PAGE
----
Welcome back! Today we’ve got a pair of cars that I’m betting some of you forgot even existed. But first, let’s finish up with yesterday’s pair that you only wish you could forget:
Clear win for the Suburban. I agree. It’s cheaper to buy, cheaper to fix, and more useful when it’s done. And yes, I messed up, and it does have a third row of seats. It happens.
Today, we’re going to look at a couple of cars that weren’t massively popular to begin with, and most of those that were sold have long since been recycled into toasters or washing machines or soup cans. And yet here they are, not only surviving but thriving, it seems. And both for sale, and reasonably priced! What more could you ask for? Okay, well, they are both automatics. Sorry; I do what I can.
Engine/drivetrain: 1.5 liter SOHC inline 4, 3 speed automatic, FWD
Location: Lemon Grove, CA
Odometer reading: 65,000 miles
Chrysler Corporation made no secret about the Colt’s origins: one of the advertising slogans was “All the Japanese you need to know,” some of the advertisements actually included kanji characters, and a small badge on the back said “Imported For Dodge” (or Plymouth, as the case may be). Colts were good sellers, but the wagon version never was as common, especially after the introduction of the taller Colt Vista wagon.
I like the looks of it, with the little kick-up in the roofline and the nice clean lines. The wagon also got fuel injection in place of the nasty little feedback carburetor that the sedan and hatchback were stuck with. I doubt it added any power, but I bet it helped drivability a whole bunch.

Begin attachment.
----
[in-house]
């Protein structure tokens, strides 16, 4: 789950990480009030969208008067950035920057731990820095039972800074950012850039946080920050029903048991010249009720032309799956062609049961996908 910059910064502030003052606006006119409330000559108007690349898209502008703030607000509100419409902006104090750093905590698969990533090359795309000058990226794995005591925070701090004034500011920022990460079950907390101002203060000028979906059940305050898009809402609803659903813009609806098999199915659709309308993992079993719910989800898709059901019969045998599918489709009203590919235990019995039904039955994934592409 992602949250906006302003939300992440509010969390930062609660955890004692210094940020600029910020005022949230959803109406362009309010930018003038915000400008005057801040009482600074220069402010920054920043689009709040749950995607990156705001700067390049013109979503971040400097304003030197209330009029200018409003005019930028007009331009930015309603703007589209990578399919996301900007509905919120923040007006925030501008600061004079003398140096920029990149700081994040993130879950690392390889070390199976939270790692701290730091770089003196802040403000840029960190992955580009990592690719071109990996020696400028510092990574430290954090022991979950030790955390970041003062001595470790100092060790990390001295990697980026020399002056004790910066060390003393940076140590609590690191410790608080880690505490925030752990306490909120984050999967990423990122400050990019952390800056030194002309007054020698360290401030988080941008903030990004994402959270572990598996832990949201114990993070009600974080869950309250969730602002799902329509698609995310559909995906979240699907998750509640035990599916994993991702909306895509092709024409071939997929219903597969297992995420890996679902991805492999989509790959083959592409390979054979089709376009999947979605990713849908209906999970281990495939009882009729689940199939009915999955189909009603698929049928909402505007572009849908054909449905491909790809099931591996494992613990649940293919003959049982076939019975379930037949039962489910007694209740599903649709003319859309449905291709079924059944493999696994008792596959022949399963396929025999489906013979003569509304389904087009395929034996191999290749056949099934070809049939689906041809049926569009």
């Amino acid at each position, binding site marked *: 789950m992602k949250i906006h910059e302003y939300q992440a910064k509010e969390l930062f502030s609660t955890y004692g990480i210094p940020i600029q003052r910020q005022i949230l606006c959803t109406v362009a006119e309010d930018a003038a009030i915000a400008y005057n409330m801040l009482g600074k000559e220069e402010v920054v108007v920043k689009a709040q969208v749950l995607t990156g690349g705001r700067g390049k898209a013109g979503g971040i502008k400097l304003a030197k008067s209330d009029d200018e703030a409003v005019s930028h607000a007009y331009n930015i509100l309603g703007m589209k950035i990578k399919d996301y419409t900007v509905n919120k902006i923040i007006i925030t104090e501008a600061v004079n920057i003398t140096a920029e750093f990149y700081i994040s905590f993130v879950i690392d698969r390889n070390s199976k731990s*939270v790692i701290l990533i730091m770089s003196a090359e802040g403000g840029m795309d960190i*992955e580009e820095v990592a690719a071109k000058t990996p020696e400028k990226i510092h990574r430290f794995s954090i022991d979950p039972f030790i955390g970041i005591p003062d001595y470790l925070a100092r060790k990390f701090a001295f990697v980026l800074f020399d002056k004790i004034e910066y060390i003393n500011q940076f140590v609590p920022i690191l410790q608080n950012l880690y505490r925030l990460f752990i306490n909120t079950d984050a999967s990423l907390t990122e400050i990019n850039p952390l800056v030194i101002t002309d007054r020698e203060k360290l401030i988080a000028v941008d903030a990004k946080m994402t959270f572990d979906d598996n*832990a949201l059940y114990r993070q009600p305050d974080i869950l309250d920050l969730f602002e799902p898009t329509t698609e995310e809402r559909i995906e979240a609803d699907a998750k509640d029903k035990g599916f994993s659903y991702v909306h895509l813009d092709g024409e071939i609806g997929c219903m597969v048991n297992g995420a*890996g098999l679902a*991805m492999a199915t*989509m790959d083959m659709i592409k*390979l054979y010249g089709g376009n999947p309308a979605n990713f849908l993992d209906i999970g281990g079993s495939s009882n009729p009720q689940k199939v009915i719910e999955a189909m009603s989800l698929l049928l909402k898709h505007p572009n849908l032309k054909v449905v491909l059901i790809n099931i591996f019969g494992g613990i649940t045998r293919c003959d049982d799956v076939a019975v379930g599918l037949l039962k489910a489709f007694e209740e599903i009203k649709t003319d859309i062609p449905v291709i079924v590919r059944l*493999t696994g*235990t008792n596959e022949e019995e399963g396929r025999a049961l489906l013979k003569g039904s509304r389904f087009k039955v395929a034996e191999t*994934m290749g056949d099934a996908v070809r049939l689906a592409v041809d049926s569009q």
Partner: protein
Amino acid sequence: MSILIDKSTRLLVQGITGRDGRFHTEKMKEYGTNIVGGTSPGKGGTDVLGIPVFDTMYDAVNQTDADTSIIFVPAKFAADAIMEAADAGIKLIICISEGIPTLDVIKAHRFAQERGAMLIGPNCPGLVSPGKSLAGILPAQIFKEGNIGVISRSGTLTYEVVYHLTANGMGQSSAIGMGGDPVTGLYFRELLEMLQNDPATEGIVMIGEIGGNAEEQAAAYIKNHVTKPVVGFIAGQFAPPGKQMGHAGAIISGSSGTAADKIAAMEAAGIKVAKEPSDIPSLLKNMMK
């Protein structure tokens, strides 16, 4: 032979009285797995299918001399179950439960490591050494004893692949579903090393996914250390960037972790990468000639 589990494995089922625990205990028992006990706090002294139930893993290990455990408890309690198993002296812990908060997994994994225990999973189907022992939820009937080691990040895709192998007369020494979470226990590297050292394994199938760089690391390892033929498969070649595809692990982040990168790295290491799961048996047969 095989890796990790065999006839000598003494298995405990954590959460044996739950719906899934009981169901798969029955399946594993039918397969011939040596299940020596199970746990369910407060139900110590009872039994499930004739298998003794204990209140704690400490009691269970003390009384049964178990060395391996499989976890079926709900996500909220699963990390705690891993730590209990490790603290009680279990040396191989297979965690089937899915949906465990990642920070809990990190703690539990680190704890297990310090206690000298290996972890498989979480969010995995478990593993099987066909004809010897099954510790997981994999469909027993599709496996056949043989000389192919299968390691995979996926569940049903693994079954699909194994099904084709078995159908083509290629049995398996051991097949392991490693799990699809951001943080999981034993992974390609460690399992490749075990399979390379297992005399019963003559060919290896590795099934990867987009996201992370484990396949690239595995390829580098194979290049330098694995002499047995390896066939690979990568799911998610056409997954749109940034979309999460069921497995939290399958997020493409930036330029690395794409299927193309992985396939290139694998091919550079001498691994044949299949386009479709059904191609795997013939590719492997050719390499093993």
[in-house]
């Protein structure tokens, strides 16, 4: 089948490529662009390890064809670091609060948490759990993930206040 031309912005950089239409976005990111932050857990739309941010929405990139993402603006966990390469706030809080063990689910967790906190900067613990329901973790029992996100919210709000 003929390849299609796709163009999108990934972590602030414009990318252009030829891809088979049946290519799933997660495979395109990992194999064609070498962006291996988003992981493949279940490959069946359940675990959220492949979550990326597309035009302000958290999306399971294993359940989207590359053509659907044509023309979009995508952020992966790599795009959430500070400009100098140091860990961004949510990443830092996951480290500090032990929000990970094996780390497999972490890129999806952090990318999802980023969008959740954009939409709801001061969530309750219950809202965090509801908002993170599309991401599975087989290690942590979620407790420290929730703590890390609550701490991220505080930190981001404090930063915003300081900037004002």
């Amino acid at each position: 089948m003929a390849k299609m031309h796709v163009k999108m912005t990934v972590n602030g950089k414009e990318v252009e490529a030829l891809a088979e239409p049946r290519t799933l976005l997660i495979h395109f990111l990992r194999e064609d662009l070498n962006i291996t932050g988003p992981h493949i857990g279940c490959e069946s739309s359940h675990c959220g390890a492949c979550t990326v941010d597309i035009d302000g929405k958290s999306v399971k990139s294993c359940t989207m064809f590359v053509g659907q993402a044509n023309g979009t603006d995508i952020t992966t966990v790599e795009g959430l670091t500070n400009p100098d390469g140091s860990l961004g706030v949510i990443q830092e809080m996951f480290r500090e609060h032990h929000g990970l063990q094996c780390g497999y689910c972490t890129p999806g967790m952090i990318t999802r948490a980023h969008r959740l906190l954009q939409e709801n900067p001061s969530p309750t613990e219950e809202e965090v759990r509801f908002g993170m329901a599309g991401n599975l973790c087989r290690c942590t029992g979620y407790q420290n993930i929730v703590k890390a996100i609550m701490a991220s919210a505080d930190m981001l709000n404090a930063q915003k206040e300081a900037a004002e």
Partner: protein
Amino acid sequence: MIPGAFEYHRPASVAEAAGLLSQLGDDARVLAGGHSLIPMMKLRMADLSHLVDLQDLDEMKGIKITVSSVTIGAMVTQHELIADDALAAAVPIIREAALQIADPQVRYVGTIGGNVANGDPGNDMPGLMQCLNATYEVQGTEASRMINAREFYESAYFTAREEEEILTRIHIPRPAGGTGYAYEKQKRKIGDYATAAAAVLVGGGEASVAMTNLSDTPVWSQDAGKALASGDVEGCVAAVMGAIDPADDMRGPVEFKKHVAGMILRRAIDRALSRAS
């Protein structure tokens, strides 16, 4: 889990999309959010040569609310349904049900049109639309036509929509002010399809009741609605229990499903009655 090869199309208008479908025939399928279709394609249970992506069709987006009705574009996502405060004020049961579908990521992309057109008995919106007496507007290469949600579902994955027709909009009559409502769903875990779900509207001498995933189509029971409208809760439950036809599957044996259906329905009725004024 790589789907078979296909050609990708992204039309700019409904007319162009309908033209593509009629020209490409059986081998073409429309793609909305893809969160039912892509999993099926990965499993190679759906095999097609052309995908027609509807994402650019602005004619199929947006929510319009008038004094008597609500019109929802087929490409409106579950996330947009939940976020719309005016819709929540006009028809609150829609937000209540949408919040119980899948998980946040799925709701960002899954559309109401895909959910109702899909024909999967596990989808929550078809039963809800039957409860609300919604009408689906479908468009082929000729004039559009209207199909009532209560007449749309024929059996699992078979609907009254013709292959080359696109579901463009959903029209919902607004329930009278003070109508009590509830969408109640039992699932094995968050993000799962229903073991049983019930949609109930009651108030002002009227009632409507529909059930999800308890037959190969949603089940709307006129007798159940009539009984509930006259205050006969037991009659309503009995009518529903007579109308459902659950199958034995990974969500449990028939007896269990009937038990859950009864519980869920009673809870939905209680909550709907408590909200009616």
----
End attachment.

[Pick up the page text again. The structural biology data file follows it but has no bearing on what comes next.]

And I had to include this photo, for Torch, but I think anyone can appreciate these taillights. I had forgotten about these until I saw this photo. Forty-five degree angles! They’re just so good. [Editor’s Note: Hell yeah, these have been a longtime favorite of mine. – JT]
This Colt is the very definition of a survivor, with only 65,000 miles on the clock. It has only a few little imperfections, and the hubcaps have gone AWOL. The inside looks remarkably clean as well, and wonderfully ’80s.
The seller says it runs well, has newer tires, and is current on registration. Yeah, with only 75 horsepower and a non-overdrive automatic, it’s not going to be a thrill ride, but what are you in such a hurry for anyway?
Engine/drivetrain: 2.0 liter SOHC inline 4, 4 speed automatic, FWD
Location: Portland, OR
Odometer reading: 229,000 miles
Runs/drives? Sure does!
A little bigger than the Colt, and also overshadowed by a tall wagon variant, the Nissan Stanza is a rare sight these days, especially in five-door hatchback form like this. It’s sort of a gawky-looking car, really, with those giant bumpers and whatever that vent grille behind the rear wheels is. It wasn’t until Nissan replaced the Stanza with the Altima that they really cracked the code on mid-sized sedans, but I have heard good words about the Stanza, what few words I’ve heard of it at all.
The Stanza is powered by a two liter engine with two spark plugs per cylinder, similar to Nissan’s trucks at the time. In the Stanza, it’s fuel-injected, and in this case, backed by a four-speed automatic. The seller says it runs and drives well, and also has a newer battery and tires.
Condition-wise, this Stanza looks pretty good, especially for nearly 230,000 miles. The paint still looks good, the interior looks fantastic (and very very blue), and it just seems like a really well-kept old car.
If you remember the Stanza nameplate at all, it’s probably for the tall vannish wagon version, which had sliding rear doors on both sides and no B-pillars. The sedan and hatchback were sort of forgettable cars, but with the addition of time, the unremarkable becomes remarkable just by virtue of having survived.
Yes, I know; neither of these cars will “keep up” with modern traffic [Editor’s Note: Yes, they will. – JT] , and they’re both “deathtraps” with nary an airbag or electronic driver aid in sight. And yeah, you have to remember the boxy ’80s styling fondly to appreciate the shapes of them. And yes, they both should have manuals. But they’re what you’ve got to work with today. Which one will it be?
(Image credits: Craigslist sellers)